Monthly Archives: June 2012

ImageSet Digital: A Field Report

On April 16 @ 2:30 p.m., the DIGM 3350 class visited ImageSet Digital. The digital printing company is located at 6611 Portwest Dr, near I-10 and the 610 Loop. I use to work down the street on Old Katy Road so I knew exactly where it was located Debbie Briggs, our tour guide, introduced herself and told us about her history in the printing industry. She started when the Linotype process was being used.  (We saw this type of press at the Museum of Printing History.) She talked about how the industry has changed over the years and how she has adapted herself to embrace these changes. She also told us with technology comes more automation and less to do. So she has expanded her business services to include marketing.

Our first stop was the Customer Service department. This is where the company’s process begins; when a customer calls a CSR (customer Service representative) and asks for a quote. Once a job starts so does its tracking. Debbie explained to us that a CSR role is the best for getting exposure to all departments.

The Press Room was next. It was a lot smaller compared to last week’s web-fed environment but it seems just as loud. ImageSet Digital is an all Indigo shop. When they went to buy this press, the manufacturer insisted that they buy two presses, so that they would not go down. The Indigo prints a 13″ x 19” sheet. Debbie said the industry is moving toward this larger format. The press uses “liquid toner”; which is toner suspended in oil. We were introduced to Jose, who worked for Indigo.  It was reiterated that presses are more automated now and how providing more services would set you apart from the competition.

The Bindery was our next stop. Of course, there was an employee working the cutting machine because most everything had to be trimmed (being printed on a large format). She listed all their bindery elements, which are comparable to what we had seen on other field trips.

Our last stop was the warehouse. In a room off to the side was ImadeSet’s new digital envelope press. Debbie was very proud of it and how it would provide customer with even more personalized marketing messages using variable data printing. She told us that part of the year; the warehouse was a mini M.D. Anderson card shop. Since 2006, The Children’s Art Project partnered with ImageSet to create an online catalogue based on web-to-print technology. Customers could pick a design, create a message, pick a font and color for their message, add signatures or logos and address individual envelopes with name and address in their color choice. Then proof the card and envelop online. That year, turnaround time and errors were reduced; creating a large savings for the Children’s Art Project.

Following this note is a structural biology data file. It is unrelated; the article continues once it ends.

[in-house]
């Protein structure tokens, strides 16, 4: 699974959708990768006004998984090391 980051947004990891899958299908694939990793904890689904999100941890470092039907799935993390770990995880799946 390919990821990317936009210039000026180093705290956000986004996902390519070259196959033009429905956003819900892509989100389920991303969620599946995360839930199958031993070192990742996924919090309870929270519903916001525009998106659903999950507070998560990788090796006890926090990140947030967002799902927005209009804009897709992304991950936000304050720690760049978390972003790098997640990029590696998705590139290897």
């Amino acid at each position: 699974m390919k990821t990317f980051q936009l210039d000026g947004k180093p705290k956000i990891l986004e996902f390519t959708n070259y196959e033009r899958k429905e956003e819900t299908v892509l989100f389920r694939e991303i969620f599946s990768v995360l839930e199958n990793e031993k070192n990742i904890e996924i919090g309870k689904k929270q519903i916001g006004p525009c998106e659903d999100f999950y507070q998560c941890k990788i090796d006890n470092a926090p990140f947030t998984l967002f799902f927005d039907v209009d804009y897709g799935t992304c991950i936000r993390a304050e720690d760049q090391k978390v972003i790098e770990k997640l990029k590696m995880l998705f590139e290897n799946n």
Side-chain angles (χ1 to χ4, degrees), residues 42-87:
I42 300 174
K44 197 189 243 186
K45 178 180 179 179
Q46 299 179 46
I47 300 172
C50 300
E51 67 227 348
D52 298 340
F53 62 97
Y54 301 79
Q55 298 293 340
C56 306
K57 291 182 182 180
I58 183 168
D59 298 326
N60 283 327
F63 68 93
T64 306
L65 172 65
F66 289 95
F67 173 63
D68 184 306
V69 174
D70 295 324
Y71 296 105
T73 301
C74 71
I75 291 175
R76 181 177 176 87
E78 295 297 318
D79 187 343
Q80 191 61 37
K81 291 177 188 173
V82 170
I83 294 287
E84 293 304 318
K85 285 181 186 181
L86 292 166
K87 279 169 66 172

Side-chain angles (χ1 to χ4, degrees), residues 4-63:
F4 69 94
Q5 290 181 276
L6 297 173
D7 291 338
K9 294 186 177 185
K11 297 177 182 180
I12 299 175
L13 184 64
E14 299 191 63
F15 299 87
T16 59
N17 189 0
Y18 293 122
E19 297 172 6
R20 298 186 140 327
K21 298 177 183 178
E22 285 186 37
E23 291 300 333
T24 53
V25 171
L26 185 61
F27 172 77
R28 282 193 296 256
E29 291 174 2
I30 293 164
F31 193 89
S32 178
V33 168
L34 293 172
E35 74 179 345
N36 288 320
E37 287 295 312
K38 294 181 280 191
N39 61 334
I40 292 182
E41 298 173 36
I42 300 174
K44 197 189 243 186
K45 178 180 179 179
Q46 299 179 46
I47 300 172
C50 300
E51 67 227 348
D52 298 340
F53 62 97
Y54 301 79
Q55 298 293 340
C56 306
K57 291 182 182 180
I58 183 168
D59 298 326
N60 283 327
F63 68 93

I would choose to have a product printed by the digital printing process utilized by the ImageSet. The files printed on the Indigo are amazing. I have been interested in cross-media marketing for some time now. It validates my understanding of technologies that are up and coming.

This trip reinforced my understanding of how printing and marketing go hand in hand. Digital printing and variable data printing data provides a very personalize, one-to-one messages that can be used to send the receiver to a personalize URL to learn more. There is a higher response rate foe these campaigns. This was my favorite trip and I would love to work at a place like this in the future.



ADPower Logo

On February 20, 2011, my half of the DIGM 3350 class visited ADPOWER at 2:30 pm. I got lost but was only 3 minutes late, went in a circle about three times. I missed our tour guide’s name and his affiliation with the organization. I am pretty sure he is a manager or owner of this screen print shop. ADPOWER has been in business over 15 years and 80% of their sales are return clients. That’s impressive. He guided us through the process of screen printing.
The first step is to sell the job. The client will need art work and a product to print it on, usually a T-shirt. The client can provide their own art work or the in-house Art department can take an idea and create an image with that idea. No matter where the art work comes from, if it has more than one color, a transparency and a screen is needed for each color.
We went out to the shop and our guide showed us the order forms on the wall waiting to be processed. He said that this form follows the job until completion. Next we went into the screen room. This is where the coated screen waiting on a new job. These screens are coated with emulsion. The screen is then exposed to a bright light. This light burns out the part of the screen that you don’t want. The screen then hardens and the unwanted film is washed away. I think was interesting that we got to see how to fix a hole in the screen. TAPE IT.
With ready screens, the first thing to be done is registration is. This is done with a T-square each time a new color is introduced. When all the colors are printed, the job is checked against the order form. The job is then broken down and sent out to the customer.
After the job, the screens go into “quarantined” where cleaned. There are two options at this point: 1) Save the screen because the client knows they will reprint or 2) The screens are stripped of the emulsion. If there ghosting or a haze of the last job, the screens must be power-washed. The screens are coated with emulsion for the next job.
I would choose to do business with the ADPOWER because they know their stuff. They have been doing screen printing for a long time and it shows. I like their business model and would be confident I would receive a quality product.